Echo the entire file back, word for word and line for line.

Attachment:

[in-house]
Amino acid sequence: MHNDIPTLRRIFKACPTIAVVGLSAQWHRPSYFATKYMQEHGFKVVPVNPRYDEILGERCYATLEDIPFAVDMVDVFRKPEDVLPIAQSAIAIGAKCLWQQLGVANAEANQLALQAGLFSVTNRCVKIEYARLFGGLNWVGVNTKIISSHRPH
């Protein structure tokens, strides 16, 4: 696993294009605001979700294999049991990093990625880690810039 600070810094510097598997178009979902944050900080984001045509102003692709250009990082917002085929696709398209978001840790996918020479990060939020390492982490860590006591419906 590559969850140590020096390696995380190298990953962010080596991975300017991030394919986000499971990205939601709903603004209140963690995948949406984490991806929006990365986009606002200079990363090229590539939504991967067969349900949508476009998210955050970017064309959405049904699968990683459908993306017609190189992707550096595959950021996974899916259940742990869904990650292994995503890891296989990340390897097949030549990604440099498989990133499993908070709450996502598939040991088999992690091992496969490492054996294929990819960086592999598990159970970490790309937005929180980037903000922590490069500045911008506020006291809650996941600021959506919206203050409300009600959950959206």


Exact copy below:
[in-house]
Amino acid sequence: MHNDIPTLRRIFKACPTIAVVGLSAQWHRPSYFATKYMQEHGFKVVPVNPRYDEILGERCYATLEDIPFAVDMVDVFRKPEDVLPIAQSAIAIGAKCLWQQLGVANAEANQLALQAGLFSVTNRCVKIEYARLFGGLNWVGVNTKIISSHRPH
């Protein structure tokens, strides 16, 4: 696993294009605001979700294999049991990093990625880690810039 600070810094510097598997178009979902944050900080984001045509102003692709250009990082917002085929696709398209978001840790996918020479990060939020390492982490860590006591419906 590559969850140590020096390696995380190298990953962010080596991975300017991030394919986000499971990205939601709903603004209140963690995948949406984490991806929006990365986009606002200079990363090229590539939504991967067969349900949508476009998210955050970017064309959405049904699968990683459908993306017609190189992707550096595959950021996974899916259940742990869904990650292994995503890891296989990340390897097949030549990604440099498989990133499993908070709450996502598939040991088999992690091992496969490492054996294929990819960086592999598990159970970490790309937005929180980037903000922590490069500045911008506020006291809650996941600021959506919206203050409300009600959950959206």